Warning: opposition to electoral reform growing

AV lead over first-past-the-post cut from 13 to just 1 per cent.

Recent polls have found that a clear majority of voters support electoral reform, but the latest YouGov survey suggests this is longer the case. The poll puts support for the Alternative Vote (AV) at 39 per cent, just 1 point ahead of first-past-the-post (FPTP) on 38 per cent.

Compare this with a YouGov poll from two weeks ago which put support for AV at 45 per cent compared to 32 per cent for first-past-the-post, and the shift begins to look significant. So what's changed?

The suggestion by Andy Burnham (who dismissed electoral reform as a "fringe pursuit for Guardian-reading classes") and Ed Balls that Labour should consider campaigning against AV can't have helped. It's notable that Labour voters, once strong supporters of reform, now split 42 per cent AV and 40 per cent for FPTP.

The rise in opposition could be interpreted as an expression of resentment against the coalition and, in particular, the Lib Dems. Others in the party have pointed to recent data suggesting that it's now the Tories, not Labour, who would gain most (or lose least) from AV.

Either way, the change is particularly worrying, since the government is still in its honeymoon period. Everyone is aware that the referendum could become a proxy vote on the coalition (or at least the Lib Dems), but few expected support to dip this early.

We'll only start to get a clear idea of the level of support for AV once the campaign proper begins and the arguments are played out in full. As things stand, however, it looks as if the reformists may lose the lead that they'd expected to start with.

George Eaton is political editor of the New Statesman.

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Could Labour lose the Oldham by-election?

Sources warn defeat is not unthinkable but the party's ground campaign believe they will hold on.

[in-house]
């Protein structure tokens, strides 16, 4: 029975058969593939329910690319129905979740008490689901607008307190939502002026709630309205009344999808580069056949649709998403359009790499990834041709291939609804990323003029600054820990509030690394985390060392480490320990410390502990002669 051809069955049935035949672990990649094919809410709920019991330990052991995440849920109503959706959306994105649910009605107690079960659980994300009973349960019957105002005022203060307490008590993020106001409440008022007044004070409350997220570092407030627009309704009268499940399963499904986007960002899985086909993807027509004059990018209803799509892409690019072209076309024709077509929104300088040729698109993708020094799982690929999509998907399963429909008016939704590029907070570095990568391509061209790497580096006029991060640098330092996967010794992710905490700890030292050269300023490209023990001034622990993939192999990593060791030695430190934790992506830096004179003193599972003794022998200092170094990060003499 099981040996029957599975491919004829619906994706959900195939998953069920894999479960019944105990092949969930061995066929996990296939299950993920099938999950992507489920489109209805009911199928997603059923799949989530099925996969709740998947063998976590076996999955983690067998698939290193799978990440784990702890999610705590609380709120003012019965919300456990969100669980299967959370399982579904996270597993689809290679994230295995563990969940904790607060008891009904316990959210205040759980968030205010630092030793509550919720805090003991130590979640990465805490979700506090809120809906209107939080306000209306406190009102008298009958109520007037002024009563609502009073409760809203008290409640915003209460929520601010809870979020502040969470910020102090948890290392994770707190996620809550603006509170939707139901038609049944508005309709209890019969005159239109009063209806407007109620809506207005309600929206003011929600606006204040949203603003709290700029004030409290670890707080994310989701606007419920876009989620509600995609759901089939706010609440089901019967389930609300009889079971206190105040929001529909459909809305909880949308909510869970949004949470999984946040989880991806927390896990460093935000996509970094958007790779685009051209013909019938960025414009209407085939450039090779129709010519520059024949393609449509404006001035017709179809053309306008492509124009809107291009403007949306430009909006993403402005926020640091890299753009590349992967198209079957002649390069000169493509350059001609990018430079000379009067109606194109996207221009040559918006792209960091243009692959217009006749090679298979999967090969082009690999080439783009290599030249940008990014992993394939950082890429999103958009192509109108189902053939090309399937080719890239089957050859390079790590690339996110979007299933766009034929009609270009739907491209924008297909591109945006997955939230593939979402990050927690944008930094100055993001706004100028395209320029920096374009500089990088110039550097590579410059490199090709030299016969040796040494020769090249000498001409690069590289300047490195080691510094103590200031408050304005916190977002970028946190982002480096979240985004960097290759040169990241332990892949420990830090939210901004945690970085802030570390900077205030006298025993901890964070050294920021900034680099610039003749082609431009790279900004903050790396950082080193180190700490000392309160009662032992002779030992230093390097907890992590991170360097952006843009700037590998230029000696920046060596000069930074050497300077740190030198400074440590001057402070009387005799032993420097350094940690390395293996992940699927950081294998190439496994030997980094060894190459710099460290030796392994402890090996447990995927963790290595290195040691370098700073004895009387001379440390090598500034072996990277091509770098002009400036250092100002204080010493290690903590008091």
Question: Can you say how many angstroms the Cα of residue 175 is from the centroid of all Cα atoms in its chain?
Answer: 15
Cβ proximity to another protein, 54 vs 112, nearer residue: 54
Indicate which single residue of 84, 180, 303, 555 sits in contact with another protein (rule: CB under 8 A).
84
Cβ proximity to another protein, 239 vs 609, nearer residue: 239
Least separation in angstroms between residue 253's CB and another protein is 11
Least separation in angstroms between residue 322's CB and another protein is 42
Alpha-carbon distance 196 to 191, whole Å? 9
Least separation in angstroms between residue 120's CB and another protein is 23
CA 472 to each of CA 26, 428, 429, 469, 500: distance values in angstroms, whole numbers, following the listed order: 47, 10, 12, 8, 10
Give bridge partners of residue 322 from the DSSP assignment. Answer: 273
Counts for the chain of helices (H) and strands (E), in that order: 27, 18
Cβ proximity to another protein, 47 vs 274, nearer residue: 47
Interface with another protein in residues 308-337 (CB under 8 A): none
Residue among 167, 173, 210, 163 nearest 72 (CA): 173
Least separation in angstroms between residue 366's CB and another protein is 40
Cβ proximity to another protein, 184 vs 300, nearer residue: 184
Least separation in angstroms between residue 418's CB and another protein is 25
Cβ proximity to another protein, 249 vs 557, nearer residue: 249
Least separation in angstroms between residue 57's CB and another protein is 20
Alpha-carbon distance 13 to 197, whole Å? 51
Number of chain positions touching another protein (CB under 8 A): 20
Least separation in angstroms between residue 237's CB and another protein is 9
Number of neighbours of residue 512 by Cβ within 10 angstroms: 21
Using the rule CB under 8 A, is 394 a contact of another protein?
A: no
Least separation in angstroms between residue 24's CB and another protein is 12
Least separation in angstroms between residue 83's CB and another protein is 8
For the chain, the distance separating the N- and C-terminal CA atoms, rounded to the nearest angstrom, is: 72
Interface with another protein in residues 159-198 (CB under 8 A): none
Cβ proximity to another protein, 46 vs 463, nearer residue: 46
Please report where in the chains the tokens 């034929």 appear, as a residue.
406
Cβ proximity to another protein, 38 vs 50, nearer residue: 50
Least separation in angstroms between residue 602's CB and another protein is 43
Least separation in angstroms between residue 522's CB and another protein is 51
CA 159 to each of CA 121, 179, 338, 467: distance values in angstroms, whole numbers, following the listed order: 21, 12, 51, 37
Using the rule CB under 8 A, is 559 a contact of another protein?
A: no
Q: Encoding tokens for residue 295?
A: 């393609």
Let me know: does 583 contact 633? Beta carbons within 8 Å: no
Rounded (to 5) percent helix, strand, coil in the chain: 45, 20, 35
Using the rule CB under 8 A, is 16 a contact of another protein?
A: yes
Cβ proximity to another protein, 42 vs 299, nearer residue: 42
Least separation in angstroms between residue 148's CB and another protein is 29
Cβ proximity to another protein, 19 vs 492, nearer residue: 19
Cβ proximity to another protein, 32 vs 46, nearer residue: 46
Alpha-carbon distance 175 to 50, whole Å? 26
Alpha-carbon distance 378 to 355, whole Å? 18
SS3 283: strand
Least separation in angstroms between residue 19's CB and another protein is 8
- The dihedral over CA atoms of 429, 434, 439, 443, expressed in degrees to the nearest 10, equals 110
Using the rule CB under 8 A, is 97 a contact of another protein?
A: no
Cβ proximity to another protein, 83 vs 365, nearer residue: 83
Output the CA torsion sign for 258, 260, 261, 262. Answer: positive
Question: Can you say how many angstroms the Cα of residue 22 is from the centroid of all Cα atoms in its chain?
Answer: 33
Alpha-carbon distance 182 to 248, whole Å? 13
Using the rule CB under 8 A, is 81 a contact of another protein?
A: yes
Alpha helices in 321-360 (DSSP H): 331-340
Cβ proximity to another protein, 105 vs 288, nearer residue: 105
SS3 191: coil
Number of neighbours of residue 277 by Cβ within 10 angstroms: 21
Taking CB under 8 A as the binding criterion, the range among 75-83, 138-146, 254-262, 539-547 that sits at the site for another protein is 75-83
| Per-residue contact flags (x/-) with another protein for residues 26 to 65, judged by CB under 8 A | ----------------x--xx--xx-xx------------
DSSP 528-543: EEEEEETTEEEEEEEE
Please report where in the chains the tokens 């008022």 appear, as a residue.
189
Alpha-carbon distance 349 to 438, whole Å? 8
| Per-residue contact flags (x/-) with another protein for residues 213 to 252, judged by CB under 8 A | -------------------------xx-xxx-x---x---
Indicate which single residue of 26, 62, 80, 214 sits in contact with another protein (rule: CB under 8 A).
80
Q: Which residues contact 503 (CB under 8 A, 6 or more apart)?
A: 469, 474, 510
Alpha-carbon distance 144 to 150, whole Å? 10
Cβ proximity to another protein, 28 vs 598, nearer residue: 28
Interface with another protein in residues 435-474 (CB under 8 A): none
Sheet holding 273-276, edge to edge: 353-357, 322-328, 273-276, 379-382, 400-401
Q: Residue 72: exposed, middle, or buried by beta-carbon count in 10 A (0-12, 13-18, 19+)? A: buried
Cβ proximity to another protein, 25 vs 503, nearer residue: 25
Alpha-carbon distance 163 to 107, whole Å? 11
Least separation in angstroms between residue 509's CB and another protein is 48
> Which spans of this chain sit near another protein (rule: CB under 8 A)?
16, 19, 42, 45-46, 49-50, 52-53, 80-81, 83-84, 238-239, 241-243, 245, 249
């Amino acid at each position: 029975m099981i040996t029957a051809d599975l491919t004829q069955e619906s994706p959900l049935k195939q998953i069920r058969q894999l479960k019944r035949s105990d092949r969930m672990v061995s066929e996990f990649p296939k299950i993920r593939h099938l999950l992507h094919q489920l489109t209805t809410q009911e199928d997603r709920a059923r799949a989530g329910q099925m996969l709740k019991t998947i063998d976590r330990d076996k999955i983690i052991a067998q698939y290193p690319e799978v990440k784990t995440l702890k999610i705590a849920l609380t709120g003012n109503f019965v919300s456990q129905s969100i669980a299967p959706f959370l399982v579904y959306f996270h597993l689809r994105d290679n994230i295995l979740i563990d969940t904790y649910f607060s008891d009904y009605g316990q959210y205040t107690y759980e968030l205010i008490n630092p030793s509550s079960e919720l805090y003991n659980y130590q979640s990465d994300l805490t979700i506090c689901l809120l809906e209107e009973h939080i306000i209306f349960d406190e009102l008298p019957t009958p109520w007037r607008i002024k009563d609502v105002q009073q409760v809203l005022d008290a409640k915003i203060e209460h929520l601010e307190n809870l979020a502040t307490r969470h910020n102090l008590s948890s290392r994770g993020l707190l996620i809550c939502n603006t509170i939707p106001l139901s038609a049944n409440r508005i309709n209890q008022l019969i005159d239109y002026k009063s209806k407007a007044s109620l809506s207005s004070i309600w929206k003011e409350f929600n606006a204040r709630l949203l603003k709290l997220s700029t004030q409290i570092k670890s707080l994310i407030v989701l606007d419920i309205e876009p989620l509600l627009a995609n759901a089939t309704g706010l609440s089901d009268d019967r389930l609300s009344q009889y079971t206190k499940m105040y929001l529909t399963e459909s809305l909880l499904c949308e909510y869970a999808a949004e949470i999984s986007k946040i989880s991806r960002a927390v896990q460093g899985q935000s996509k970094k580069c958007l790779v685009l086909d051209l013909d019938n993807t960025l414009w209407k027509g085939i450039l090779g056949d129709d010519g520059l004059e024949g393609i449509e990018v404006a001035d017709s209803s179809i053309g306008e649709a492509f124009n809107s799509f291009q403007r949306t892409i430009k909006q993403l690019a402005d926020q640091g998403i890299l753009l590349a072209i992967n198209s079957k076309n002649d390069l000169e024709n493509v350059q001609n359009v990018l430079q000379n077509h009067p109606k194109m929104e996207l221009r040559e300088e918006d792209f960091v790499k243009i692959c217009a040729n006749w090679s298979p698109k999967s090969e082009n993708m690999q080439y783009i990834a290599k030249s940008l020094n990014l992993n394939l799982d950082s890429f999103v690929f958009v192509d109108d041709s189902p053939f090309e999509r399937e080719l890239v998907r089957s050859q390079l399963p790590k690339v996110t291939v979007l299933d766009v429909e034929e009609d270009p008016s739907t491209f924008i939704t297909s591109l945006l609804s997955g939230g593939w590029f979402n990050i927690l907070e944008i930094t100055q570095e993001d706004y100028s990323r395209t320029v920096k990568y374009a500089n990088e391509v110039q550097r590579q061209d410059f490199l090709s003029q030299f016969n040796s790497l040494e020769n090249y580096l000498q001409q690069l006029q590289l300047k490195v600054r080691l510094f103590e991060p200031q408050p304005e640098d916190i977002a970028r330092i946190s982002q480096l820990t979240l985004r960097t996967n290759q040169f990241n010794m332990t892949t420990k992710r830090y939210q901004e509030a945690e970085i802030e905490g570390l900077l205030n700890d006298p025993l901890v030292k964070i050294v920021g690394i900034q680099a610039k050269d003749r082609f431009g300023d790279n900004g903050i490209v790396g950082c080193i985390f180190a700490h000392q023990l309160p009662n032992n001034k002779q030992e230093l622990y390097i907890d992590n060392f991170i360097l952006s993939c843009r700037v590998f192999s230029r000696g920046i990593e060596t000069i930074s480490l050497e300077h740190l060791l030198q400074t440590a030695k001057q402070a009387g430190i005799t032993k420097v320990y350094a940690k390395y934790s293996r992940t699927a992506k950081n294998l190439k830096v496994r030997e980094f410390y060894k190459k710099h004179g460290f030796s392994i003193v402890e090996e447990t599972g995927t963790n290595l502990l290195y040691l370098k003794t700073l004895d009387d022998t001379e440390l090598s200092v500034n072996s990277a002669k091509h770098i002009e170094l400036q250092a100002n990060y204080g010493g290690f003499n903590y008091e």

As shadow cabinet members argue in public over Labour's position on Syria and John McDonnell defends his Mao moment, it has been easy to forget that the party next week faces its first election test since Jeremy Corbyn became leader. On paper, Oldham West and Royton should be a straightforward win. Michael Meacher, whose death last month triggered the by-election, held the seat with a majority of 14,738 just seven months ago. The party opted for an early pre-Christmas poll, giving second-placed Ukip less time to gain momentum, and selected the respected Oldham council leader Jim McMahon as its candidate. 

But in recent weeks Labour sources have become ever more anxious. Shadow cabinet members returning from campaigning report that Corbyn has gone down "very badly" with voters, with his original comments on shoot-to-kill particularly toxic. Most MPs expect the party's majority to lie within the 1,000-2,000 range. But one insider told me that the party's majority would likely fall into the hundreds ("I'd be thrilled with 2,000") and warned that defeat was far from unthinkable. The fear is that low turnout and defections to Ukip could allow the Farageists to sneak a win. MPs are further troubled by the likelihood that the contest will take place on the same day as the Syria vote (Thursday), which will badly divide Labour. 

The party's ground campaign, however, "aren't in panic mode", I'm told, with data showing them on course to hold the seat with a sharply reduced majority. As Tim noted in his recent report from the seat, unlike Heywood and Middleton, where Ukip finished just 617 votes behind Labour in a 2014 by-election, Oldham has a significant Asian population (accounting for 26.5 per cent of the total), which is largely hostile to Ukip and likely to remain loyal to Labour. 

Expectations are now so low that a win alone will be celebrated. But expect Corbyn's opponents to point out that working class Ukip voters were among the groups the Labour leader was supposed to attract. They are likely to credit McMahon with the victory and argue that the party held the seat in spite of Corbyn, rather than because of him. Ukip have sought to turn the contest into a referendum on the Labour leader's patriotism but McMahon replied: "My grandfather served in the army, my father and my partner’s fathers were in the Territorial Army. I raised money to restore my local cenotaph. On 18 December I will be going with pride to London to collect my OBE from the Queen and bring it back to Oldham as a local boy done good. If they want to pick a fight on patriotism, bring it on."  "If we had any other candidate we'd have been in enormous trouble," one shadow minister concluded. 

Of Corbyn, who cancelled a visit to the seat today, one source said: "I don't think Jeremy himself spends any time thinking about it, he doesn't think that electoral outcomes at this stage touch him somehow."  

George Eaton is political editor of the New Statesman.